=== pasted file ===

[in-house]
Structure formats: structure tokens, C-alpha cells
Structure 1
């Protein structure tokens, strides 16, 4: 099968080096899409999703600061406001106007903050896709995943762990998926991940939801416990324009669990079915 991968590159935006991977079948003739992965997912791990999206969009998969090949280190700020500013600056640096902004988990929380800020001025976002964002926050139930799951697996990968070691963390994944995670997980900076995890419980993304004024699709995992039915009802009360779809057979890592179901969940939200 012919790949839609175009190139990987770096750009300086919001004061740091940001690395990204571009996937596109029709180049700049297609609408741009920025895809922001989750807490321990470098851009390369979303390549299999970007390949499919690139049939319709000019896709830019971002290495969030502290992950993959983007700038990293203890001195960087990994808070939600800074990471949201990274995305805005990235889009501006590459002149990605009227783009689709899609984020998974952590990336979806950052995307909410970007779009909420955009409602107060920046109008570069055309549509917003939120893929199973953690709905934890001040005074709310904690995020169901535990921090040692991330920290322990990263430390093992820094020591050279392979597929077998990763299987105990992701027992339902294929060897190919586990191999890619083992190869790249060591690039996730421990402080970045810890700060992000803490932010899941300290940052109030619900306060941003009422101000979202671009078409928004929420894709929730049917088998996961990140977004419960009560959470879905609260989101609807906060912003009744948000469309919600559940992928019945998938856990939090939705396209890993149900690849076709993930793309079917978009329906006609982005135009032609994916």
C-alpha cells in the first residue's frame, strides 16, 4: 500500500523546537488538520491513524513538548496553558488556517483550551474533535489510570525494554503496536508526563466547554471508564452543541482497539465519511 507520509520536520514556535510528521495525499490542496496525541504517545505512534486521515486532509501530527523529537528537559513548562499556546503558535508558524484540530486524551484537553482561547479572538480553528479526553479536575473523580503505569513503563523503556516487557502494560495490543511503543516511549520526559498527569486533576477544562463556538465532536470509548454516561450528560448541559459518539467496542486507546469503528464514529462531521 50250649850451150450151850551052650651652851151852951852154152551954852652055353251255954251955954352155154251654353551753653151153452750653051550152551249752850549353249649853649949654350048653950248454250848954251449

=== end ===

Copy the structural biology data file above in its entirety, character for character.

[in-house]
Structure formats: structure tokens, C-alpha cells
Structure 1
């Protein structure tokens, strides 16, 4: 099968080096899409999703600061406001106007903050896709995943762990998926991940939801416990324009669990079915 991968590159935006991977079948003739992965997912791990999206969009998969090949280190700020500013600056640096902004988990929380800020001025976002964002926050139930799951697996990968070691963390994944995670997980900076995890419980993304004024699709995992039915009802009360779809057979890592179901969940939200 012919790949839609175009190139990987770096750009300086919001004061740091940001690395990204571009996937596109029709180049700049297609609408741009920025895809922001989750807490321990470098851009390369979303390549299999970007390949499919690139049939319709000019896709830019971002290495969030502290992950993959983007700038990293203890001195960087990994808070939600800074990471949201990274995305805005990235889009501006590459002149990605009227783009689709899609984020998974952590990336979806950052995307909410970007779009909420955009409602107060920046109008570069055309549509917003939120893929199973953690709905934890001040005074709310904690995020169901535990921090040692991330920290322990990263430390093992820094020591050279392979597929077998990763299987105990992701027992339902294929060897190919586990191999890619083992190869790249060591690039996730421990402080970045810890700060992000803490932010899941300290940052109030619900306060941003009422101000979202671009078409928004929420894709929730049917088998996961990140977004419960009560959470879905609260989101609807906060912003009744948000469309919600559940992928019945998938856990939090939705396209890993149900690849076709993930793309079917978009329906006609982005135009032609994916």
C-alpha cells in the first residue's frame, strides 16, 4: 500500500523546537488538520491513524513538548496553558488556517483550551474533535489510570525494554503496536508526563466547554471508564452543541482497539465519511 507520509520536520514556535510528521495525499490542496496525541504517545505512534486521515486532509501530527523529537528537559513548562499556546503558535508558524484540530486524551484537553482561547479572538480553528479526553479536575473523580503505569513503563523503556516487557502494560495490543511503543516511549520526559498527569486533576477544562463556538465532536470509548454516561450528560448541559459518539467496542486507546469503528464514529462531521 50250649850451150450151850551052650651652851151852951852154152551954852652055353251255954251955954352155154251654353551753653151153452750653051550152551249752850549353249649853649949654350048653950248454250848954251449